The Philadelphia Folklore Project’s artist residency program supported a collaboration between tap dancer Germaine Ingram, saxophonist Bobby Zankel, and photographer/printmaker John Dowell, who created choreography, music, and visual environments to commemorate the nine Africans enslaved in the President’s House—Philadelphia’s White House—during George Washington’s presidency. The project was meant to encourage reflection on the implications of slavery’s practice in America’s first seat of government, and on our own responsibilities in the light of this history. Work-in-progress showings at the Community Education Center and the African American Museum in Philadelphia elicited conversations that were captured and published in the spring 2010 edition of the Philadelphia Folklore Project’s magazine, Works in Progress. A 2010 Project Grant supported the ensuing collaborative work, Parallel Destinies.
The Mann Center for the Performing Arts presents a diverse range of programming in a beautiful park setting.
Rea Tajiri’s (Pew Fellow, 2015) films straddle documentary and art film genres with an innovative approach to storytelling, which she characterizes as “personal essay documentary,” exploring the effects of political, social, and emotional histories within families and across generations.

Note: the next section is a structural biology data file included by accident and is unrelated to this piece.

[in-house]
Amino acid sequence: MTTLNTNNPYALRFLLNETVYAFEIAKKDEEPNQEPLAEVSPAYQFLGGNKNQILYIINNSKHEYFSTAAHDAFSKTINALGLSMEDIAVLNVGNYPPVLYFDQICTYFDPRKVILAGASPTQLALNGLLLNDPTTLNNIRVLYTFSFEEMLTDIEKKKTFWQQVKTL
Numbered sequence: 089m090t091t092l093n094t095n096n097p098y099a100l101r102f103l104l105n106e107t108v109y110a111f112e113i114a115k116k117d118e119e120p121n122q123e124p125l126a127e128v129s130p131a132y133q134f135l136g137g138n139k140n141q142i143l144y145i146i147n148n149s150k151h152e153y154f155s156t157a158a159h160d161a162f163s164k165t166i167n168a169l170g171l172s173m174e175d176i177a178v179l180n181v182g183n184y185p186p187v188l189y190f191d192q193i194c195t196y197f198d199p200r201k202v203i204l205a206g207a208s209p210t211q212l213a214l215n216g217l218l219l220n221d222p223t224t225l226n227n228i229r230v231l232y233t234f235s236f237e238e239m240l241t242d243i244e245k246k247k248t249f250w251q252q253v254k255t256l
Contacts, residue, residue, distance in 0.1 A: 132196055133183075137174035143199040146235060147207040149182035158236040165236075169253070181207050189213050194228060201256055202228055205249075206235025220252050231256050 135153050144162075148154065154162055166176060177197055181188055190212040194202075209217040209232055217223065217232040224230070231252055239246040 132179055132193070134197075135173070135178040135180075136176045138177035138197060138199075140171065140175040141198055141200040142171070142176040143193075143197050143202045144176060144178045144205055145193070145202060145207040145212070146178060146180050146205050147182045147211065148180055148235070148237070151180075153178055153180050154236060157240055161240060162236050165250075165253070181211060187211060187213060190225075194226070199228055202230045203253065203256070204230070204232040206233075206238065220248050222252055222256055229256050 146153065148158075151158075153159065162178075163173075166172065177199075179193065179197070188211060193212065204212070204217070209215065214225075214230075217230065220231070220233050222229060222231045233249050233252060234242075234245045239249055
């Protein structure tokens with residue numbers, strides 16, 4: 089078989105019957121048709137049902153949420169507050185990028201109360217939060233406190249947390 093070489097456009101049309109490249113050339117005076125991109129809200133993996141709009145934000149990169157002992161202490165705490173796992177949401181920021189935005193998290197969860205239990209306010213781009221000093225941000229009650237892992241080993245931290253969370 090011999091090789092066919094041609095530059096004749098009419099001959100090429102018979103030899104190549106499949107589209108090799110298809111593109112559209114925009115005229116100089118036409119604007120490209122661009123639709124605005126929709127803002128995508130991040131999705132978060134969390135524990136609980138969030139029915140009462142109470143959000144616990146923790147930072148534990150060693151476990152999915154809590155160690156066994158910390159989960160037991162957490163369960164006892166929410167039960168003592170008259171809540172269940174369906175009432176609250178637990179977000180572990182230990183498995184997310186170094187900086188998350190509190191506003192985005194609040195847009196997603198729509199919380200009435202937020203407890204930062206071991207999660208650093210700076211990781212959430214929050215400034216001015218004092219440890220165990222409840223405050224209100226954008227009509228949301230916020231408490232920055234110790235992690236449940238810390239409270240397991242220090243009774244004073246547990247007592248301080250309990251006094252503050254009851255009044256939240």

Silvana Cardell is a choreographer, dancer and, educator, whose choreographic impulses are defined by her experience as an Argentine expatriate living, working, and raising a family in the United States.
“Reinventing Tradition: New Dance in Indonesia” was a workshop series on cross-cultural practice that explored notions of the contemporary and the traditional in Indonesian dance.
In the second iteration of the Center’s danceworkbook series, dancer and choreographer Roko Kawai reflects upon and shares images of her dance work since 1992.
April welcomes a number of Center-funded performances to the region.
Malavika Sarukkai, a leading Bharatanatyam dancer who challenges traditions of Indian classical dance, performed at the Annenberg Center for the Performing Arts in April 2014.
Kyle “JustSole” Clark presents an autobiographical dance-theater performance blending street dance techniques with spoken word narration and video.
Bryn Mawr College’s retrospective introduced local audiences to Rethorst’s work and featured a series of public events, all of which provided unique windows into Rethorst’s methodology.
Blues and African-American folk music specialist David H. Evans is a professor of music at the University of Memphis.
Anna Drozdowski, a curator of performance, hosts European duo Jonathan Burrows and Matteo Fargion for a two-week retrospective of their collaborative career. The two juxtapose the formality of music composition with a radical and open approach to performance, composition and audience.
Group Motion, Philadelphia’s oldest contemporary dance company, commissioned choreographer Susan Rethorst to create a new work for its dancers.